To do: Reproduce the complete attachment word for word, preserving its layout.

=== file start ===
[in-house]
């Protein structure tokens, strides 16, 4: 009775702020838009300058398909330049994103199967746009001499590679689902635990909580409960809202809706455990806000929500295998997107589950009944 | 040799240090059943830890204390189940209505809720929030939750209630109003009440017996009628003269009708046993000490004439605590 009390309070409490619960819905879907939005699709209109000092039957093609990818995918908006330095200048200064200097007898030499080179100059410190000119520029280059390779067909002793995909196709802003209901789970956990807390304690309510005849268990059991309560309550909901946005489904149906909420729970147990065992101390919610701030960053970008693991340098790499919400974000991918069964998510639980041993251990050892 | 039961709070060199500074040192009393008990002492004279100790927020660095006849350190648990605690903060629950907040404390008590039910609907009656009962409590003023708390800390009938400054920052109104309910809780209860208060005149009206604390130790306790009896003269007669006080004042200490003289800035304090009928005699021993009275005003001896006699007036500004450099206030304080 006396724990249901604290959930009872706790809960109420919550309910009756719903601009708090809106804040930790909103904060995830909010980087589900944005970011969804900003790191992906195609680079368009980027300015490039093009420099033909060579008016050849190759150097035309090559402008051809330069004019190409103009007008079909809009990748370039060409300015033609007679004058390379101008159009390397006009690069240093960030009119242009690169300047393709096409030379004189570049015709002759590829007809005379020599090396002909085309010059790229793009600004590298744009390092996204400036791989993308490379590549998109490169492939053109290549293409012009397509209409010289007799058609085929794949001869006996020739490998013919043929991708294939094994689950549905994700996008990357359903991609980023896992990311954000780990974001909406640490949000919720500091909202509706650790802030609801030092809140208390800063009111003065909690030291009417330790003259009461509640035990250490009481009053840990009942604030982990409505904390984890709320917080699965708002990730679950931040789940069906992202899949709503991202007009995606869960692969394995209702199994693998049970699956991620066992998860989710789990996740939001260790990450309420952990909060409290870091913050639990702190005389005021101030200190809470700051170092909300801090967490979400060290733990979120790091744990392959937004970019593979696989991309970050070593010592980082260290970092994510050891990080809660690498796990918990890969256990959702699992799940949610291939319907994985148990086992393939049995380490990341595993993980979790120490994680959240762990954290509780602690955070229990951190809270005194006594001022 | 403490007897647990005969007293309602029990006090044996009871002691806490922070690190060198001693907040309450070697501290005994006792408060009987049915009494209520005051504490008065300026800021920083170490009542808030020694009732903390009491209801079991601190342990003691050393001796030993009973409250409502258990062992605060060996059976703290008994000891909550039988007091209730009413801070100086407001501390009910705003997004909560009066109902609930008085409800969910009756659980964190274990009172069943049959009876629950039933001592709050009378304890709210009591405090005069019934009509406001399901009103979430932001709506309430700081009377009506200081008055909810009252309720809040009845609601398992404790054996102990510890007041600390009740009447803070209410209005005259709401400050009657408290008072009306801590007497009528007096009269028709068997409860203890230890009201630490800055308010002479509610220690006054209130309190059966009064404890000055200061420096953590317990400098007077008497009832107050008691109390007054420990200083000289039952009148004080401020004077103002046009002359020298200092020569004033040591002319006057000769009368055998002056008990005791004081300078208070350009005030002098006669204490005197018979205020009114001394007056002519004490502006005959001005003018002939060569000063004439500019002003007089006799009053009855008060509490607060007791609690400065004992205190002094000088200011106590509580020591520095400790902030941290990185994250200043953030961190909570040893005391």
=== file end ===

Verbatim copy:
[in-house]
């Protein structure tokens, strides 16, 4: 009775702020838009300058398909330049994103199967746009001499590679689902635990909580409960809202809706455990806000929500295998997107589950009944 | 040799240090059943830890204390189940209505809720929030939750209630109003009440017996009628003269009708046993000490004439605590 009390309070409490619960819905879907939005699709209109000092039957093609990818995918908006330095200048200064200097007898030499080179100059410190000119520029280059390779067909002793995909196709802003209901789970956990807390304690309510005849268990059991309560309550909901946005489904149906909420729970147990065992101390919610701030960053970008693991340098790499919400974000991918069964998510639980041993251990050892 | 039961709070060199500074040192009393008990002492004279100790927020660095006849350190648990605690903060629950907040404390008590039910609907009656009962409590003023708390800390009938400054920052109104309910809780209860208060005149009206604390130790306790009896003269007669006080004042200490003289800035304090009928005699021993009275005003001896006699007036500004450099206030304080 006396724990249901604290959930009872706790809960109420919550309910009756719903601009708090809106804040930790909103904060995830909010980087589900944005970011969804900003790191992906195609680079368009980027300015490039093009420099033909060579008016050849190759150097035309090559402008051809330069004019190409103009007008079909809009990748370039060409300015033609007679004058390379101008159009390397006009690069240093960030009119242009690169300047393709096409030379004189570049015709002759590829007809005379020599090396002909085309010059790229793009600004590298744009390092996204400036791989993308490379590549998109490169492939053109290549293409012009397509209409010289007799058609085929794949001869006996020739490998013919043929991708294939094994689950549905994700996008990357359903991609980023896992990311954000780990974001909406640490949000919720500091909202509706650790802030609801030092809140208390800063009111003065909690030291009417330790003259009461509640035990250490009481009053840990009942604030982990409505904390984890709320917080699965708002990730679950931040789940069906992202899949709503991202007009995606869960692969394995209702199994693998049970699956991620066992998860989710789990996740939001260790990450309420952990909060409290870091913050639990702190005389005021101030200190809470700051170092909300801090967490979400060290733990979120790091744990392959937004970019593979696989991309970050070593010592980082260290970092994510050891990080809660690498796990918990890969256990959702699992799940949610291939319907994985148990086992393939049995380490990341595993993980979790120490994680959240762990954290509780602690955070229990951190809270005194006594001022 | 403490007897647990005969007293309602029990006090044996009871002691806490922070690190060198001693907040309450070697501290005994006792408060009987049915009494209520005051504490008065300026800021920083170490009542808030020694009732903390009491209801079991601190342990003691050393001796030993009973409250409502258990062992605060060996059976703290008994000891909550039988007091209730009413801070100086407001501390009910705003997004909560009066109902609930008085409800969910009756659980964190274990009172069943049959009876629950039933001592709050009378304890709210009591405090005069019934009509406001399901009103979430932001709506309430700081009377009506200081008055909810009252309720809040009845609601398992404790054996102990510890007041600390009740009447803070209410209005005259709401400050009657408290008072009306801590007497009528007096009269028709068997409860203890230890009201630490800055308010002479509610220690006054209130309190059966009064404890000055200061420096953590317990400098007077008497009832107050008691109390007054420990200083000289039952009148004080401020004077103002046009002359020298200092020569004033040591002319006057000769009368055998002056008990005791004081300078208070350009005030002098006669204490005197018979205020009114001394007056002519004490502006005959001005003018002939060569000063004439500019002003007089006799009053009855008060509490607060007791609690400065004992205190002094000088200011106590509580020591520095400790902030941290990185994250200043953030961190909570040893005391």